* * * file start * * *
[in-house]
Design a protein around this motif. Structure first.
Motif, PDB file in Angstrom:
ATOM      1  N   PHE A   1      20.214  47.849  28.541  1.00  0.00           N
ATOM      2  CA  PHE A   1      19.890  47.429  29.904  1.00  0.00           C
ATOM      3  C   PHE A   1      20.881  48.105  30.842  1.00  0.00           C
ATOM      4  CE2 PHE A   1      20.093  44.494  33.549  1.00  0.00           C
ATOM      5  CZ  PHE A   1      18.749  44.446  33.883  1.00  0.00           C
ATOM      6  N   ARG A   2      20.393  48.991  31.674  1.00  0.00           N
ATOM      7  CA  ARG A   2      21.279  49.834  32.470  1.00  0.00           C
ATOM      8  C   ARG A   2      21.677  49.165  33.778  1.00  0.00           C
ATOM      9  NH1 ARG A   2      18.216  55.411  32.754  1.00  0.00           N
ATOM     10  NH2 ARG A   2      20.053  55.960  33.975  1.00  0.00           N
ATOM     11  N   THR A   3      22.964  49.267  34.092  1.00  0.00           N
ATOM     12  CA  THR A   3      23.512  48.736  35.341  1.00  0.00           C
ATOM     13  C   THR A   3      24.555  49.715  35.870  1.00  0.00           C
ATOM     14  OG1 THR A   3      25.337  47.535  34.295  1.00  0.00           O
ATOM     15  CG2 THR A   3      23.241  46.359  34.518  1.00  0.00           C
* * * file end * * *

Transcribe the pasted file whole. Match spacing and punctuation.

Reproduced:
[in-house]
Design a protein around this motif. Structure first.
Motif, PDB file in Angstrom:
ATOM      1  N   PHE A   1      20.214  47.849  28.541  1.00  0.00           N
ATOM      2  CA  PHE A   1      19.890  47.429  29.904  1.00  0.00           C
ATOM      3  C   PHE A   1      20.881  48.105  30.842  1.00  0.00           C
ATOM      4  CE2 PHE A   1      20.093  44.494  33.549  1.00  0.00           C
ATOM      5  CZ  PHE A   1      18.749  44.446  33.883  1.00  0.00           C
ATOM      6  N   ARG A   2      20.393  48.991  31.674  1.00  0.00           N
ATOM      7  CA  ARG A   2      21.279  49.834  32.470  1.00  0.00           C
ATOM      8  C   ARG A   2      21.677  49.165  33.778  1.00  0.00           C
ATOM      9  NH1 ARG A   2      18.216  55.411  32.754  1.00  0.00           N
ATOM     10  NH2 ARG A   2      20.053  55.960  33.975  1.00  0.00           N
ATOM     11  N   THR A   3      22.964  49.267  34.092  1.00  0.00           N
ATOM     12  CA  THR A   3      23.512  48.736  35.341  1.00  0.00           C
ATOM     13  C   THR A   3      24.555  49.715  35.870  1.00  0.00           C
ATOM     14  OG1 THR A   3      25.337  47.535  34.295  1.00  0.00           O
ATOM     15  CG2 THR A   3      23.241  46.359  34.518  1.00  0.00           C